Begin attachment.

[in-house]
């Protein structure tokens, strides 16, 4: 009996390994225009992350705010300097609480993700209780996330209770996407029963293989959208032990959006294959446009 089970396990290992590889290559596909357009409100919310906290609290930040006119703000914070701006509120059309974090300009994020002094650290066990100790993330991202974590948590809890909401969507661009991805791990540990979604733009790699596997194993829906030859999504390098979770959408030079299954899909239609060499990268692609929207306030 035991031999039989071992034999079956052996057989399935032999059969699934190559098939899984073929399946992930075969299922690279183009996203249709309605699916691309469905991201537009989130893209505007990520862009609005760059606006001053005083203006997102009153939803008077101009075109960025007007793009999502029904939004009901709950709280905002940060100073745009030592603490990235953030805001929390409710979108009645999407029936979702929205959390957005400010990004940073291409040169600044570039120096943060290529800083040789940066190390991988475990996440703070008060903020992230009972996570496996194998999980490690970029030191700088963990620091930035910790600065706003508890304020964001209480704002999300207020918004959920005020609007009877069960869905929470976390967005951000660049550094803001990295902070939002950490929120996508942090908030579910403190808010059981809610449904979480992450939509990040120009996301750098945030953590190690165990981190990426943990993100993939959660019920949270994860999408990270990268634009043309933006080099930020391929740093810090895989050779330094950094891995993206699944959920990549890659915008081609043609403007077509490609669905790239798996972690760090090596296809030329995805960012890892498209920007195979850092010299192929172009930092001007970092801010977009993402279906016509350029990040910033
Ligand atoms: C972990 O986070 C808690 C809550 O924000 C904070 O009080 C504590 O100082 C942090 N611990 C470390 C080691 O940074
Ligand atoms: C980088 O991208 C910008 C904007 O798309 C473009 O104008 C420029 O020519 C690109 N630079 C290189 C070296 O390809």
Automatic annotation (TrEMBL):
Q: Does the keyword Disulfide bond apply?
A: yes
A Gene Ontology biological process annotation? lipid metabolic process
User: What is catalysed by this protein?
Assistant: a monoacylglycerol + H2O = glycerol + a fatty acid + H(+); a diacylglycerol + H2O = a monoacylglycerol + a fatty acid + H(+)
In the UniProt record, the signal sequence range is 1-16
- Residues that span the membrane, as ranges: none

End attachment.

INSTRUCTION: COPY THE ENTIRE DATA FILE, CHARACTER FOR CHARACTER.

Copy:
[in-house]
């Protein structure tokens, strides 16, 4: 009996390994225009992350705010300097609480993700209780996330209770996407029963293989959208032990959006294959446009 089970396990290992590889290559596909357009409100919310906290609290930040006119703000914070701006509120059309974090300009994020002094650290066990100790993330991202974590948590809890909401969507661009991805791990540990979604733009790699596997194993829906030859999504390098979770959408030079299954899909239609060499990268692609929207306030 035991031999039989071992034999079956052996057989399935032999059969699934190559098939899984073929399946992930075969299922690279183009996203249709309605699916691309469905991201537009989130893209505007990520862009609005760059606006001053005083203006997102009153939803008077101009075109960025007007793009999502029904939004009901709950709280905002940060100073745009030592603490990235953030805001929390409710979108009645999407029936979702929205959390957005400010990004940073291409040169600044570039120096943060290529800083040789940066190390991988475990996440703070008060903020992230009972996570496996194998999980490690970029030191700088963990620091930035910790600065706003508890304020964001209480704002999300207020918004959920005020609007009877069960869905929470976390967005951000660049550094803001990295902070939002950490929120996508942090908030579910403190808010059981809610449904979480992450939509990040120009996301750098945030953590190690165990981190990426943990993100993939959660019920949270994860999408990270990268634009043309933006080099930020391929740093810090895989050779330094950094891995993206699944959920990549890659915008081609043609403007077509490609669905790239798996972690760090090596296809030329995805960012890892498209920007195979850092010299192929172009930092001007970092801010977009993402279906016509350029990040910033
Ligand atoms: C972990 O986070 C808690 C809550 O924000 C904070 O009080 C504590 O100082 C942090 N611990 C470390 C080691 O940074
Ligand atoms: C980088 O991208 C910008 C904007 O798309 C473009 O104008 C420029 O020519 C690109 N630079 C290189 C070296 O390809």
Automatic annotation (TrEMBL):
Q: Does the keyword Disulfide bond apply?
A: yes
A Gene Ontology biological process annotation? lipid metabolic process
User: What is catalysed by this protein?
Assistant: a monoacylglycerol + H2O = glycerol + a fatty acid + H(+); a diacylglycerol + H2O = a monoacylglycerol + a fatty acid + H(+)
In the UniProt record, the signal sequence range is 1-16
- Residues that span the membrane, as ranges: none